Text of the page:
Beauty and the Beast ought to be as popular as Cinderella for when you think about it de Villeneuve's story is simply Cinderella in reverse. Peter Darrell, Darius James and David Bintley have all had a go as I said in my review of David Nixon's 2011 production in IP Yorkshire over a year before I started this blog (see Jane Lambert Ballet and Intellectual Property - my Excuse for reviewing "Beauty and the Beast" 31 Dec 2011). In that article I said:
"Beauty and the Beast is not an easy story to choreograph. Scottish Ballet had a go with Thea Musgrave's score many years ago. I reviewed for "Aien" (St Andrews University student newspaper) when it was premiered at The King's Theatre in Edinburgh in 1969. Ballet Cymru also seems to have had a version in its repertoire. Another link with IP, incidentally, since Ballet Cymru is based in Newport, the same town as the Intellectual Property Office. And, of course, there is the Birmingham Royal Ballet's version. But none of those versions has ever achieved the popularity of works like Coppelia, Giselle, Nutcracker, Sleeping Beauty or Swan Lake. Will David Nixon's version do any better? The answer is that I am just not sure."
Since I saw Nixon's Beauty and the Beast I have seen and reviewed Bintley's and James's. Both Mel Wong and I reviewed James's Beauty but Mel's review is far better than mine (see Mel Wong For grown ups who haven't lost touch with their childhoods - Ballet Cymru's Beauty & The Beast 24 June 2014). In my review of Bintley's Beauty I asked myself which was best.  Here is my reply:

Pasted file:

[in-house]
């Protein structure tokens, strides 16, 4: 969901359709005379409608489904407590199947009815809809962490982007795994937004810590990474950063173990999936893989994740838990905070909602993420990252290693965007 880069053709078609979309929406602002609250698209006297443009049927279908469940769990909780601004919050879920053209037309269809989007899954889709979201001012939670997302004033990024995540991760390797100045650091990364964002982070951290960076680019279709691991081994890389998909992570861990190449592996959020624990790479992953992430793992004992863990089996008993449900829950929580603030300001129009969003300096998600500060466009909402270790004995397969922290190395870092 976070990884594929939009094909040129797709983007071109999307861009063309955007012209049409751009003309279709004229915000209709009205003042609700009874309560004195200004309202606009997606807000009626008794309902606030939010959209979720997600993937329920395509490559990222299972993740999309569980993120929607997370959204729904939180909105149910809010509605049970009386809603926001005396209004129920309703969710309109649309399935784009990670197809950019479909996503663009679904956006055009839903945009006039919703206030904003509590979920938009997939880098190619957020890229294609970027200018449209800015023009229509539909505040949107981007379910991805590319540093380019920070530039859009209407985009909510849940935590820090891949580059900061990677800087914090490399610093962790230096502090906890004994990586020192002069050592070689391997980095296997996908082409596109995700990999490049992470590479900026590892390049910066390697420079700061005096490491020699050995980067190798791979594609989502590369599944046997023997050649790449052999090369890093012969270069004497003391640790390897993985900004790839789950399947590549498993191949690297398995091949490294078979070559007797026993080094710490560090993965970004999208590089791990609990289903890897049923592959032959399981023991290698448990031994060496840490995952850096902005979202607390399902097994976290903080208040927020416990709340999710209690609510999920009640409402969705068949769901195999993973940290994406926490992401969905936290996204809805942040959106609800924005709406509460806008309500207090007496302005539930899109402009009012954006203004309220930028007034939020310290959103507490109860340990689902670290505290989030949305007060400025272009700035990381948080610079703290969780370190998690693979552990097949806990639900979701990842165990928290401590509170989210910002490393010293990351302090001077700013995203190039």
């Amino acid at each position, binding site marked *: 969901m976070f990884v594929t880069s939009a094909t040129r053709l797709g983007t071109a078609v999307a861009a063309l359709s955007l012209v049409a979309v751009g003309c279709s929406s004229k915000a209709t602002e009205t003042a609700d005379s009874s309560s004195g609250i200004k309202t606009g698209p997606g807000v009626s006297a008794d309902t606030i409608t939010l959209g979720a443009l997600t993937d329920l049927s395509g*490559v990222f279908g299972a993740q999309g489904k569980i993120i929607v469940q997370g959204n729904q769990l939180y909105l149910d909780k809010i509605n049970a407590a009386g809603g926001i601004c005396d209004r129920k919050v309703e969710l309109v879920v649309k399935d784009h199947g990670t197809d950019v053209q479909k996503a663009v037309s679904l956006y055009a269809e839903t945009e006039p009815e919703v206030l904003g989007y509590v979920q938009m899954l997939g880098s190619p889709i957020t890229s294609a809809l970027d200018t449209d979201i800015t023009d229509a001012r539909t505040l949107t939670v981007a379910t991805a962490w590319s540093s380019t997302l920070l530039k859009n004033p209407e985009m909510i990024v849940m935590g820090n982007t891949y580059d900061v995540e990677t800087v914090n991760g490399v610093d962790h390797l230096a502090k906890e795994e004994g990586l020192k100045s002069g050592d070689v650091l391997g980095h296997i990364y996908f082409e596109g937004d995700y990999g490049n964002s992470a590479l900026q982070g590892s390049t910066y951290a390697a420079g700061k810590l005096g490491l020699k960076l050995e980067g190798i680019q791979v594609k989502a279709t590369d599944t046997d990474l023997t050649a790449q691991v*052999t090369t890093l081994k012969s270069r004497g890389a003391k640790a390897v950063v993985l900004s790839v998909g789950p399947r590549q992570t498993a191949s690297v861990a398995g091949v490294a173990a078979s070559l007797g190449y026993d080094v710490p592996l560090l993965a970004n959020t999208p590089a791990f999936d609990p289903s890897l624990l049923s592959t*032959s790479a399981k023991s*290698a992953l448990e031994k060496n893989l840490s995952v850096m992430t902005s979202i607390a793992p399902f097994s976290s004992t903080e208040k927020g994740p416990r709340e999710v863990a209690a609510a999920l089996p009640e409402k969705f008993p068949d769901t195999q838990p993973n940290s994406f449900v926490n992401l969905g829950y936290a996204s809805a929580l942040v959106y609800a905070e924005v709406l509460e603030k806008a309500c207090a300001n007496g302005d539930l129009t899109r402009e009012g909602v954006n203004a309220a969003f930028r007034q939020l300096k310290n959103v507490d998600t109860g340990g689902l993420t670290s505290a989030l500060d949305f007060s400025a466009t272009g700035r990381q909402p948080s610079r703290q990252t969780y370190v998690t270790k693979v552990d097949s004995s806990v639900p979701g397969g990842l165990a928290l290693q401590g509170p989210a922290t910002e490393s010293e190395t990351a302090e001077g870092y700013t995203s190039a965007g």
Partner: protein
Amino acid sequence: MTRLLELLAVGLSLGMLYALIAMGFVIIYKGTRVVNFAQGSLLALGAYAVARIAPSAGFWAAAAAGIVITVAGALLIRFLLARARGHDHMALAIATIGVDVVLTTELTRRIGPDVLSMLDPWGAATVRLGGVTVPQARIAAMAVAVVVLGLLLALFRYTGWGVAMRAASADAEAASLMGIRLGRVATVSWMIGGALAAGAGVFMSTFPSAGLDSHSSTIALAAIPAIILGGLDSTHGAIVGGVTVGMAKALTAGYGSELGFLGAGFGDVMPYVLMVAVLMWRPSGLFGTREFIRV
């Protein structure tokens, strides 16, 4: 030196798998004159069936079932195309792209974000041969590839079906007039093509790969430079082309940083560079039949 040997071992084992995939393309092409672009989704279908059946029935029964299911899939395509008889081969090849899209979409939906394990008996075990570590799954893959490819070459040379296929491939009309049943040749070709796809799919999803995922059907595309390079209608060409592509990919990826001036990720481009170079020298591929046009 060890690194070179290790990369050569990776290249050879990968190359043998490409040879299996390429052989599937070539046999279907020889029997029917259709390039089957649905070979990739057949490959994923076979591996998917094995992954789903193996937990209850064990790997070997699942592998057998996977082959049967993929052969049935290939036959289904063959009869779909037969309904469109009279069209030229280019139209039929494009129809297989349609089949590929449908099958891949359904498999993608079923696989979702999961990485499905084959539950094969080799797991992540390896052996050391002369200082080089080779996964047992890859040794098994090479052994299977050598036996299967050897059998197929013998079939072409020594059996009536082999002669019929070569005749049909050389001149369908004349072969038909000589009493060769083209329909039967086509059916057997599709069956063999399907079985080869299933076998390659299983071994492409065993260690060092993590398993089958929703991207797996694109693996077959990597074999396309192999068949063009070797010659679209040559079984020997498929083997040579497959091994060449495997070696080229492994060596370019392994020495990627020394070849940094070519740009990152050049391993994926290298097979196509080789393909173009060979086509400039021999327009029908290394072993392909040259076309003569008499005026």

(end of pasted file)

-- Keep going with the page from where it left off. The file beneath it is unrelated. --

"Well I like them all but in different ways. Musgrave's for the music. Birmingham's for the sets and costumes but also Bintley's choreography. Nixon's for the last Act. Ballet Cymru's for its spirit."
The one thing I remember most about Nixon's ballet is that the family piled into a derelict bus which I found risible but I also remember some great dancing from Martha Leebolt, Hannah Bateman and Victoria Sibson and a sublime final act. Here is what I wrote at the time:
"As for Nixon's choreography the first two acts reminded me of early McMillan - works like Anastasia which are not performed very often nowadays for a reason. But the last Act reminded me of Balanchine and I think it was that Act which saved the ballet. The pas de deux between Beauty - danced exquisitely by Martha Leebolt - and the beast showed just what the choreographer can do. Also impressive were Victoria Sibson and Hannah Bateman who danced the fairies, Hironeo Takahashi, the beast's servant and the coryphées, Michela Paolacci, Ayana Kanda, Christie Duncan and Isabella Gasparini who were four sprites. The last Act of the ballet could well stand as a work in its own right. I hope to see that Act many times again but I would happily skip the first two acts with its old bus and bailiffs."
A curious choice for a Christmas show. I would have preferred G able's Christmas Carol or indeed his Cinderella but I will be in the audience for the final act.

Of course, the show that everybody is anticipating with relish is Kenneth Tindall's Gasanova which opens in Leeds on 11 March 2017. It will then tour Edinburgh, Sheffield, Norwich, Milton Keynes, Cardiff, The Lowry and London. This is Tindall's first full length ballet. His shorter works such as Luminous Junc•ture and The Architect, have attracted favourable critical comment including some from me (see Angelic - Northern Ballet's Mixed Bill 9 June 2013 and A Wonderful Evening - Northern Ballet's Mixed Bill 21 June 2014 23 June 2013). I like Tindall as you can see from my appreciation of 28 Feb 2015. I am therefore looking forward to this work very much indeed.